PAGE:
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What is the correct way to fit a multiple regression model where I have a combination of cubic and linearly related independent variables?

If I transform the variable showing cubic relationship, how do I transform back the forecasted variable, given that it's the result of both non-transformed and transformed data sets?

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    $\begingroup$ If you don't actually care about the specific parameter values of the functions, and instead want to simply establish whether relationships (linear or non-linear) exist between your variables, I suggest you look at Generalized Additive Modelling, which will flexibly/adaptively accommodate both linear and non-linear effects. $\endgroup$ – Mike Lawrence Dec 4 '11 at 23:06
  • $\begingroup$ Its not clear what you're asking... why are you transforming your outcome variable? Its often best to include a term linearly as well as using its square and/or cube. $\endgroup$ – Michael Bishop Dec 5 '11 at 0:53
  • $\begingroup$ I have X1 that shows cubic relationship against Y. However X2 has linear relationship. I want to use a multiple regression model to calculate the coefficients. Should I transform X1 first, then run a multiple linear regression? Or are there other ways to fit X1, X2? If I transform X1 first, how do I transform back the predicted Y variable, given only 1 of the two dependent variables was transformed? $\endgroup$ – Robert Kubrick Dec 5 '11 at 12:59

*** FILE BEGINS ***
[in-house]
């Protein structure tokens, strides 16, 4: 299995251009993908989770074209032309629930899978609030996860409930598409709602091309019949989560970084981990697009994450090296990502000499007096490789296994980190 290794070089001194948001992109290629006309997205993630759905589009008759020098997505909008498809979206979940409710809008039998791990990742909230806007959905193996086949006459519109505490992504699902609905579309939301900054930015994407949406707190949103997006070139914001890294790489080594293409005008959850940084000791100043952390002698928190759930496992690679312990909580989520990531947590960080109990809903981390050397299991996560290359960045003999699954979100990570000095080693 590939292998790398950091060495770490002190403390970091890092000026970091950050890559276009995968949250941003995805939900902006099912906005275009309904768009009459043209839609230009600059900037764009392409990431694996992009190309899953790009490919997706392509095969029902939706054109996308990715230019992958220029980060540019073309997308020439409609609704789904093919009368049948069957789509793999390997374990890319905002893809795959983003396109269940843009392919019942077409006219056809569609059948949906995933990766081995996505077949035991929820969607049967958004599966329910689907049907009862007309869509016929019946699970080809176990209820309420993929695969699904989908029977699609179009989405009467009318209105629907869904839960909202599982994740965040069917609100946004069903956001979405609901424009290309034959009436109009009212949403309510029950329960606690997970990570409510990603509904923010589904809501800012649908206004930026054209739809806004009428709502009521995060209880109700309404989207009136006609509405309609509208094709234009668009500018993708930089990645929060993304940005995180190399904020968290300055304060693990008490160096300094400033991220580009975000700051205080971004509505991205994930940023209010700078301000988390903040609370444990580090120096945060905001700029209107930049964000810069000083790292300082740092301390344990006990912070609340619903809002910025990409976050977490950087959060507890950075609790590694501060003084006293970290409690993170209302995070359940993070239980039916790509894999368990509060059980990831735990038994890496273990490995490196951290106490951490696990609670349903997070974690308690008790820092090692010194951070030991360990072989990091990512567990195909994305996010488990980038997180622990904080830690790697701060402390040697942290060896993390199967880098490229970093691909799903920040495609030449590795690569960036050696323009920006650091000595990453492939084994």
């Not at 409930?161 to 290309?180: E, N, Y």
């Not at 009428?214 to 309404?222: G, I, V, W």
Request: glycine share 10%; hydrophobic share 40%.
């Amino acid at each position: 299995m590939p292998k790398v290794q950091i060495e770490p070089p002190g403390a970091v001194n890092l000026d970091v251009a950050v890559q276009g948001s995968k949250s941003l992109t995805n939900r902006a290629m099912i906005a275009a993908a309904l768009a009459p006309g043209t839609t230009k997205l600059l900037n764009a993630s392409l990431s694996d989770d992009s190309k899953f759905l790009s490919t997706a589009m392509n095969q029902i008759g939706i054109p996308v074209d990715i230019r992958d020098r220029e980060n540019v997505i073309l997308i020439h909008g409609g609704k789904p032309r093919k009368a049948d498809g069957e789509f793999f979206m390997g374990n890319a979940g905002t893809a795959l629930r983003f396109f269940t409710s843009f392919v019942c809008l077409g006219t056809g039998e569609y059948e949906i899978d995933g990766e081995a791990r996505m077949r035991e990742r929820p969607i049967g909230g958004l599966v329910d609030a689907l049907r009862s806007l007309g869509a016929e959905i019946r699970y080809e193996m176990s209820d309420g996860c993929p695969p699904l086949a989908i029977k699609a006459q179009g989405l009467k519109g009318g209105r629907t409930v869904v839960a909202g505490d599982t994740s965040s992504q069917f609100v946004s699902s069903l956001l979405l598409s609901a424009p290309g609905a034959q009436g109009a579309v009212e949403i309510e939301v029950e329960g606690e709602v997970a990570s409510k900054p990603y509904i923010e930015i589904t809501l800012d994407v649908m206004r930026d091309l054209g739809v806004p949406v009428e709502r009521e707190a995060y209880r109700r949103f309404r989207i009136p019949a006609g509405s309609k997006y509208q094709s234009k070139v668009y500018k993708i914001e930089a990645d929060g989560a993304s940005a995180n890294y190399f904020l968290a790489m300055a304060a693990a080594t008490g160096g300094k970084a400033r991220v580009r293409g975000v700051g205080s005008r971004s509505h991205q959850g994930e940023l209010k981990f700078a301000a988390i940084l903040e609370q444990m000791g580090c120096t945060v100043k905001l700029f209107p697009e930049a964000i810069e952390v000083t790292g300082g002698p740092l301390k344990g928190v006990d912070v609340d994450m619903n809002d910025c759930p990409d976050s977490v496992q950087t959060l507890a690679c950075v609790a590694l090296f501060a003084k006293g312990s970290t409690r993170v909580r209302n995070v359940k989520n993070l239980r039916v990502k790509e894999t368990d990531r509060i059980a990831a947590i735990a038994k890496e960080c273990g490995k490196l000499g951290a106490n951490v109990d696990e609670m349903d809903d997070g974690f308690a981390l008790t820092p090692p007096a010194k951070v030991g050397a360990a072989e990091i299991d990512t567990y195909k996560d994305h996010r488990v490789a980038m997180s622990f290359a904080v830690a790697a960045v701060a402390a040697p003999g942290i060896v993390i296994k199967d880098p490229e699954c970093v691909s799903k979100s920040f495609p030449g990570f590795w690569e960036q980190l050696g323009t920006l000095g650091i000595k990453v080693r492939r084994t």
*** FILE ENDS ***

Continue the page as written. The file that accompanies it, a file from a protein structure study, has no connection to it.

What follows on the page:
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One way to fit the model is, as you guess in the comment, to transform $X_1$ first, then run a multiple linear regression. However, you don't have to do any transformation back to the predicted $Y$ value, since the regression is still using the untransformed $Y$ variable as the dependent variable. Let's say you create $Z = X_1^3$, then the regression becomes $Y = \beta_0 + \beta_1 Z + \beta_2 X_2 + e$. The estimates and/or predictions you get out of the model with the transformed $X_1$ are still for $Y$.

There are other ways to fit the model, but the choice between fitting methodologies is, in this case, independent of the transform of $X_1$.

Edit: It has occurred to me that you may have meant a cubic relationship where $Y^3 \propto X_1$. This is equivalent to $Y \propto X_1^{1/3}$, and you can still just transform $X_1$ without having to transform $Y$ at all.

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  • $\begingroup$ Right, the transformation only applies to X1, during the regression and then for prediction. Thanks. So in case I have a cubic function Y = b0X + b1X^2 + b2X^3, what is the appropriate transformation to linear relationship? $\endgroup$ – Robert Kubrick Dec 5 '11 at 17:47
  • $\begingroup$ The relationship isn't linear, so there isn't an appropriate transform. Just run the multiple linear regression with $X, X^2, X^3$ as your right hand side variables. If you want to plot, just plot your estimated $Y$ against $X$. The key is that you can represent $Y$ as a sum of coefficients times some other variables, but the other variables certainly can all be functions of some underlying variable, as in your cubic polynomial. People run that sort of regression all the time, so I wouldn't worry about it. $\endgroup$ – jbowman Dec 5 '11 at 18:56

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